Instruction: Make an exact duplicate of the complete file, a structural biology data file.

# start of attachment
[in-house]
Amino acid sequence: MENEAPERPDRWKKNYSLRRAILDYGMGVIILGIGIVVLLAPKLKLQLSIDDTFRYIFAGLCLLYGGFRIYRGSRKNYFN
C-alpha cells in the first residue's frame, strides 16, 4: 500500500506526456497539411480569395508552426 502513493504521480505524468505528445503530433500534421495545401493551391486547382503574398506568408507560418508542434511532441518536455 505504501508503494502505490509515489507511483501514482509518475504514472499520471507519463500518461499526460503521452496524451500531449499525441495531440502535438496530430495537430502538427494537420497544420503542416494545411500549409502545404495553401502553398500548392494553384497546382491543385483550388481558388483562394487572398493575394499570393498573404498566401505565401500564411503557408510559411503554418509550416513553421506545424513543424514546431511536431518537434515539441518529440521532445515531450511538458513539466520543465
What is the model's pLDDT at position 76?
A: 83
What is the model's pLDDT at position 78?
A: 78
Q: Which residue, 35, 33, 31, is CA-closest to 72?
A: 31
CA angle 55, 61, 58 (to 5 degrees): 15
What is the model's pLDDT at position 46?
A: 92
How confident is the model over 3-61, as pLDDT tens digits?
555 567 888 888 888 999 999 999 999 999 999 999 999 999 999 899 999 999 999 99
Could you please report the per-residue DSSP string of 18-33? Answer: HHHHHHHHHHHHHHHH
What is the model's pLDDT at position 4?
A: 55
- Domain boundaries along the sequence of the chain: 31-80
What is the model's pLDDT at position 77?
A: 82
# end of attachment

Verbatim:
[in-house]
Amino acid sequence: MENEAPERPDRWKKNYSLRRAILDYGMGVIILGIGIVVLLAPKLKLQLSIDDTFRYIFAGLCLLYGGFRIYRGSRKNYFN
C-alpha cells in the first residue's frame, strides 16, 4: 500500500506526456497539411480569395508552426 502513493504521480505524468505528445503530433500534421495545401493551391486547382503574398506568408507560418508542434511532441518536455 505504501508503494502505490509515489507511483501514482509518475504514472499520471507519463500518461499526460503521452496524451500531449499525441495531440502535438496530430495537430502538427494537420497544420503542416494545411500549409502545404495553401502553398500548392494553384497546382491543385483550388481558388483562394487572398493575394499570393498573404498566401505565401500564411503557408510559411503554418509550416513553421506545424513543424514546431511536431518537434515539441518529440521532445515531450511538458513539466520543465
What is the model's pLDDT at position 76?
A: 83
What is the model's pLDDT at position 78?
A: 78
Q: Which residue, 35, 33, 31, is CA-closest to 72?
A: 31
CA angle 55, 61, 58 (to 5 degrees): 15
What is the model's pLDDT at position 46?
A: 92
How confident is the model over 3-61, as pLDDT tens digits?
555 567 888 888 888 999 999 999 999 999 999 999 999 999 999 899 999 999 999 99
Could you please report the per-residue DSSP string of 18-33? Answer: HHHHHHHHHHHHHHHH
What is the model's pLDDT at position 4?
A: 55
- Domain boundaries along the sequence of the chain: 31-80
What is the model's pLDDT at position 77?
A: 82